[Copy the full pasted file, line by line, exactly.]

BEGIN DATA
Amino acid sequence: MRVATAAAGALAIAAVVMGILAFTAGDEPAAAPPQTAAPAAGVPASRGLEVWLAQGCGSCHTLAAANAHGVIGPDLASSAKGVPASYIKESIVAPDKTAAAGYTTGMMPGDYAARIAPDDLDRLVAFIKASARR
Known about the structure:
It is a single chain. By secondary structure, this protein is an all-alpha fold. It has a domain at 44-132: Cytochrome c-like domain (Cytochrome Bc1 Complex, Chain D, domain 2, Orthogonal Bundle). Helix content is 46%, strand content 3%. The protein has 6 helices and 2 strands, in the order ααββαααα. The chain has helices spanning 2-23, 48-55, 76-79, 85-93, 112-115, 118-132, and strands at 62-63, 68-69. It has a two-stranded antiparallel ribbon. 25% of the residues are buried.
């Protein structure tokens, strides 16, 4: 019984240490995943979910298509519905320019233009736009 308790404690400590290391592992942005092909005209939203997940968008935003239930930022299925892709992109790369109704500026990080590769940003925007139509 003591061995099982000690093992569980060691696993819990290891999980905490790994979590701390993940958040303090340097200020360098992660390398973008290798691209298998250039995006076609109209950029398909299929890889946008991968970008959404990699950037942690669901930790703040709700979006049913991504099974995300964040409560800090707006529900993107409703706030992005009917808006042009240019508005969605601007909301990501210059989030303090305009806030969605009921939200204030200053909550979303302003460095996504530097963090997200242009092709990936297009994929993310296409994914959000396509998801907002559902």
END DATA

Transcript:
Amino acid sequence: MRVATAAAGALAIAAVVMGILAFTAGDEPAAAPPQTAAPAAGVPASRGLEVWLAQGCGSCHTLAAANAHGVIGPDLASSAKGVPASYIKESIVAPDKTAAAGYTTGMMPGDYAARIAPDDLDRLVAFIKASARR
Known about the structure:
It is a single chain. By secondary structure, this protein is an all-alpha fold. It has a domain at 44-132: Cytochrome c-like domain (Cytochrome Bc1 Complex, Chain D, domain 2, Orthogonal Bundle). Helix content is 46%, strand content 3%. The protein has 6 helices and 2 strands, in the order ααββαααα. The chain has helices spanning 2-23, 48-55, 76-79, 85-93, 112-115, 118-132, and strands at 62-63, 68-69. It has a two-stranded antiparallel ribbon. 25% of the residues are buried.
């Protein structure tokens, strides 16, 4: 019984240490995943979910298509519905320019233009736009 308790404690400590290391592992942005092909005209939203997940968008935003239930930022299925892709992109790369109704500026990080590769940003925007139509 003591061995099982000690093992569980060691696993819990290891999980905490790994979590701390993940958040303090340097200020360098992660390398973008290798691209298998250039995006076609109209950029398909299929890889946008991968970008959404990699950037942690669901930790703040709700979006049913991504099974995300964040409560800090707006529900993107409703706030992005009917808006042009240019508005969605601007909301990501210059989030303090305009806030969605009921939200204030200053909550979303302003460095996504530097963090997200242009092709990936297009994929993310296409994914959000396509998801907002559902």